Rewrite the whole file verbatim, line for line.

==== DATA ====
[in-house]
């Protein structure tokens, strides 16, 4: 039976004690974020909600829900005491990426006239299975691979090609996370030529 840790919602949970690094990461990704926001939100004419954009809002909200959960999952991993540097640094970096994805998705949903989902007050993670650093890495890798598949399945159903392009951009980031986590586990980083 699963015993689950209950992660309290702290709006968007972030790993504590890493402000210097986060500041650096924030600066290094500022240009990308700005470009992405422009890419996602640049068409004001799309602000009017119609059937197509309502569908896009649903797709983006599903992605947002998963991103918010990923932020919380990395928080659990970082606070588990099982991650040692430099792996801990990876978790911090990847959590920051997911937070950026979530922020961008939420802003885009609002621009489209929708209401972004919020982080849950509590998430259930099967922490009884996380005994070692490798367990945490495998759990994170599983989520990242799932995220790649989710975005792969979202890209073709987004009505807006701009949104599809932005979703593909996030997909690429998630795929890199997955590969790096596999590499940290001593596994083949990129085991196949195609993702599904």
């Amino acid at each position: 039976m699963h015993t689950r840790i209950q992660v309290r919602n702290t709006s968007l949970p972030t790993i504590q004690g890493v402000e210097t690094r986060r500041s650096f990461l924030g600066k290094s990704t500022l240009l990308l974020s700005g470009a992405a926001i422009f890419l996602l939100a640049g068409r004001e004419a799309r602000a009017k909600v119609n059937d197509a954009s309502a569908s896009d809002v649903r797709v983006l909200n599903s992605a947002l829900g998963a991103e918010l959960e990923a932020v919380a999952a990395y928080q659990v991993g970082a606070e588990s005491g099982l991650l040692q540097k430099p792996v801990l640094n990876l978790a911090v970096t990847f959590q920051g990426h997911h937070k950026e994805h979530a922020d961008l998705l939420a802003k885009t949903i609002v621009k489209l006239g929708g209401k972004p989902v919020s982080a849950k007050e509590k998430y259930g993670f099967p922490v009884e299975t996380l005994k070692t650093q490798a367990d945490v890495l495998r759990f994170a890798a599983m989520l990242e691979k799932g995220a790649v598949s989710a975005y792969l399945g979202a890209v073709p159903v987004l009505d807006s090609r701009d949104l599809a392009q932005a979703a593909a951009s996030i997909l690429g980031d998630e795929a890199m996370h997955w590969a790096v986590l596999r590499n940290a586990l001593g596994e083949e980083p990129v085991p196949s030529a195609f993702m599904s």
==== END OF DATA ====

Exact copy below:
[in-house]
């Protein structure tokens, strides 16, 4: 039976004690974020909600829900005491990426006239299975691979090609996370030529 840790919602949970690094990461990704926001939100004419954009809002909200959960999952991993540097640094970096994805998705949903989902007050993670650093890495890798598949399945159903392009951009980031986590586990980083 699963015993689950209950992660309290702290709006968007972030790993504590890493402000210097986060500041650096924030600066290094500022240009990308700005470009992405422009890419996602640049068409004001799309602000009017119609059937197509309502569908896009649903797709983006599903992605947002998963991103918010990923932020919380990395928080659990970082606070588990099982991650040692430099792996801990990876978790911090990847959590920051997911937070950026979530922020961008939420802003885009609002621009489209929708209401972004919020982080849950509590998430259930099967922490009884996380005994070692490798367990945490495998759990994170599983989520990242799932995220790649989710975005792969979202890209073709987004009505807006701009949104599809932005979703593909996030997909690429998630795929890199997955590969790096596999590499940290001593596994083949990129085991196949195609993702599904």
């Amino acid at each position: 039976m699963h015993t689950r840790i209950q992660v309290r919602n702290t709006s968007l949970p972030t790993i504590q004690g890493v402000e210097t690094r986060r500041s650096f990461l924030g600066k290094s990704t500022l240009l990308l974020s700005g470009a992405a926001i422009f890419l996602l939100a640049g068409r004001e004419a799309r602000a009017k909600v119609n059937d197509a954009s309502a569908s896009d809002v649903r797709v983006l909200n599903s992605a947002l829900g998963a991103e918010l959960e990923a932020v919380a999952a990395y928080q659990v991993g970082a606070e588990s005491g099982l991650l040692q540097k430099p792996v801990l640094n990876l978790a911090v970096t990847f959590q920051g990426h997911h937070k950026e994805h979530a922020d961008l998705l939420a802003k885009t949903i609002v621009k489209l006239g929708g209401k972004p989902v919020s982080a849950k007050e509590k998430y259930g993670f099967p922490v009884e299975t996380l005994k070692t650093q490798a367990d945490v890495l495998r759990f994170a890798a599983m989520l990242e691979k799932g995220a790649v598949s989710a975005y792969l399945g979202a890209v073709p159903v987004l009505d807006s090609r701009d949104l599809a392009q932005a979703a593909a951009s996030i997909l690429g980031d998630e795929a890199m996370h997955w590969a790096v986590l596999r590499n940290a586990l001593g596994e083949e980083p990129v085991p196949s030529a195609f993702m599904s």